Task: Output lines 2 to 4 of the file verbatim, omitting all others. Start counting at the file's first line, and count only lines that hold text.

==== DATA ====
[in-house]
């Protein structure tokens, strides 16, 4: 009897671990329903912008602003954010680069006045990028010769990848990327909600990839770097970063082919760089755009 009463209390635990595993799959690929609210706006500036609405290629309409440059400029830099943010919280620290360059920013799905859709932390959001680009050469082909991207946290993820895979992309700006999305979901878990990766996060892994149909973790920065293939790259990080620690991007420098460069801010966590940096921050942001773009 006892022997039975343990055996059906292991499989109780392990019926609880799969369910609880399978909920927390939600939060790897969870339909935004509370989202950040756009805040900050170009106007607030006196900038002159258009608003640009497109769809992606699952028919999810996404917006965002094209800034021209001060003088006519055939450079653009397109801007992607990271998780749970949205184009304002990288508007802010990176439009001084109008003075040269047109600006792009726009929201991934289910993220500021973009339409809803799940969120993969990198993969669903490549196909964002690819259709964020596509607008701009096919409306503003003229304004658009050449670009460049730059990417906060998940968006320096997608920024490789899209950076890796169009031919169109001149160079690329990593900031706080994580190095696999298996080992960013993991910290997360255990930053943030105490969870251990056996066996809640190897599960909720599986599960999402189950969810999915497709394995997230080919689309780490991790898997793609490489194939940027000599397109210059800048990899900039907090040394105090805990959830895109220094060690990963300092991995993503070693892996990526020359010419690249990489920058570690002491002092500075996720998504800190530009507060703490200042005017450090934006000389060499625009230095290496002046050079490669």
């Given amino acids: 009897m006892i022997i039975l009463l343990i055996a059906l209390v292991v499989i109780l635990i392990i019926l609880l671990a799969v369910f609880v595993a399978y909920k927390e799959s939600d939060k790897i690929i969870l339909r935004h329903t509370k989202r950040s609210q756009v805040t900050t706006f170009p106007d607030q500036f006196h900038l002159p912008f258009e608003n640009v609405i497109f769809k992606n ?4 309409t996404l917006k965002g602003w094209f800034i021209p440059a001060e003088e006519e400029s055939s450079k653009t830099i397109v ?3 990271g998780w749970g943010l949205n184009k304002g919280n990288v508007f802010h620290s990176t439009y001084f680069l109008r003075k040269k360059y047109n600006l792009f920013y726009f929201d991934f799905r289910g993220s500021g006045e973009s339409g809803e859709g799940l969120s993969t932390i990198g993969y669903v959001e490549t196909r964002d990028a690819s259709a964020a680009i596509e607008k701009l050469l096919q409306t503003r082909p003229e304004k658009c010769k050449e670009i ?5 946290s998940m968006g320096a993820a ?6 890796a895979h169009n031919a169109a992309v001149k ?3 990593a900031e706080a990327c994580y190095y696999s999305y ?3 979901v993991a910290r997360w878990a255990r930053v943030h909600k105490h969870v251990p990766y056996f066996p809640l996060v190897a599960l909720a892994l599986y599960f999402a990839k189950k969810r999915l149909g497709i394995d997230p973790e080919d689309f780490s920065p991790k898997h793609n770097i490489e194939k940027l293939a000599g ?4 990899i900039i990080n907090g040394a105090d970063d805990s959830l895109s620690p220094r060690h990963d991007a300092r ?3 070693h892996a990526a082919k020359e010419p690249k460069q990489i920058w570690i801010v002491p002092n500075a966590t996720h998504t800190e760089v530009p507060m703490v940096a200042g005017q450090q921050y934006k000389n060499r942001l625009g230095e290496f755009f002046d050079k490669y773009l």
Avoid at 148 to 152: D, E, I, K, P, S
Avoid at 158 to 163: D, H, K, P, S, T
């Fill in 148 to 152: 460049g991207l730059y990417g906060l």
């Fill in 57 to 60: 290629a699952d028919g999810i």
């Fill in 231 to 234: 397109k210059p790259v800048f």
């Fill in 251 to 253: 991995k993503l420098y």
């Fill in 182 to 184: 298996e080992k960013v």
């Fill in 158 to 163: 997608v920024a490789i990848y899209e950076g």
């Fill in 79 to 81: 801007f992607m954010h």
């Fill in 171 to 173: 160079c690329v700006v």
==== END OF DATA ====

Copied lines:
């Protein structure tokens, strides 16, 4: 009897671990329903912008602003954010680069006045990028010769990848990327909600990839770097970063082919760089755009 009463209390635990595993799959690929609210706006500036609405290629309409440059400029830099943010919280620290360059920013799905859709932390959001680009050469082909991207946290993820895979992309700006999305979901878990990766996060892994149909973790920065293939790259990080620690991007420098460069801010966590940096921050942001773009 006892022997039975343990055996059906292991499989109780392990019926609880799969369910609880399978909920927390939600939060790897969870339909935004509370989202950040756009805040900050170009106007607030006196900038002159258009608003640009497109769809992606699952028919999810996404917006965002094209800034021209001060003088006519055939450079653009397109801007992607990271998780749970949205184009304002990288508007802010990176439009001084109008003075040269047109600006792009726009929201991934289910993220500021973009339409809803799940969120993969990198993969669903490549196909964002690819259709964020596509607008701009096919409306503003003229304004658009050449670009460049730059990417906060998940968006320096997608920024490789899209950076890796169009031919169109001149160079690329990593900031706080994580190095696999298996080992960013993991910290997360255990930053943030105490969870251990056996066996809640190897599960909720599986599960999402189950969810999915497709394995997230080919689309780490991790898997793609490489194939940027000599397109210059800048990899900039907090040394105090805990959830895109220094060690990963300092991995993503070693892996990526020359010419690249990489920058570690002491002092500075996720998504800190530009507060703490200042005017450090934006000389060499625009230095290496002046050079490669």
């Given amino acids: 009897m006892i022997i039975l009463l343990i055996a059906l209390v292991v499989i109780l635990i392990i019926l609880l671990a799969v369910f609880v595993a399978y909920k927390e799959s939600d939060k790897i690929i969870l339909r935004h329903t509370k989202r950040s609210q756009v805040t900050t706006f170009p106007d607030q500036f006196h900038l002159p912008f258009e608003n640009v609405i497109f769809k992606n ?4 309409t996404l917006k965002g602003w094209f800034i021209p440059a001060e003088e006519e400029s055939s450079k653009t830099i397109v ?3 990271g998780w749970g943010l949205n184009k304002g919280n990288v508007f802010h620290s990176t439009y001084f680069l109008r003075k040269k360059y047109n600006l792009f920013y726009f929201d991934f799905r289910g993220s500021g006045e973009s339409g809803e859709g799940l969120s993969t932390i990198g993969y669903v959001e490549t196909r964002d990028a690819s259709a964020a680009i596509e607008k701009l050469l096919q409306t503003r082909p003229e304004k658009c010769k050449e670009i ?5 946290s998940m968006g320096a993820a ?6 890796a895979h169009n031919a169109a992309v001149k ?3 990593a900031e706080a990327c994580y190095y696999s999305y ?3 979901v993991a910290r997360w878990a255990r930053v943030h909600k105490h969870v251990p990766y056996f066996p809640l996060v190897a599960l909720a892994l599986y599960f999402a990839k189950k969810r999915l149909g497709i394995d997230p973790e080919d689309f780490s920065p991790k898997h793609n770097i490489e194939k940027l293939a000599g ?4 990899i900039i990080n907090g040394a105090d970063d805990s959830l895109s620690p220094r060690h990963d991007a300092r ?3 070693h892996a990526a082919k020359e010419p690249k460069q990489i920058w570690i801010v002491p002092n500075a966590t996720h998504t800190e760089v530009p507060m703490v940096a200042g005017q450090q921050y934006k000389n060499r942001l625009g230095e290496f755009f002046d050079k490669y773009l």
Avoid at 148 to 152: D, E, I, K, P, S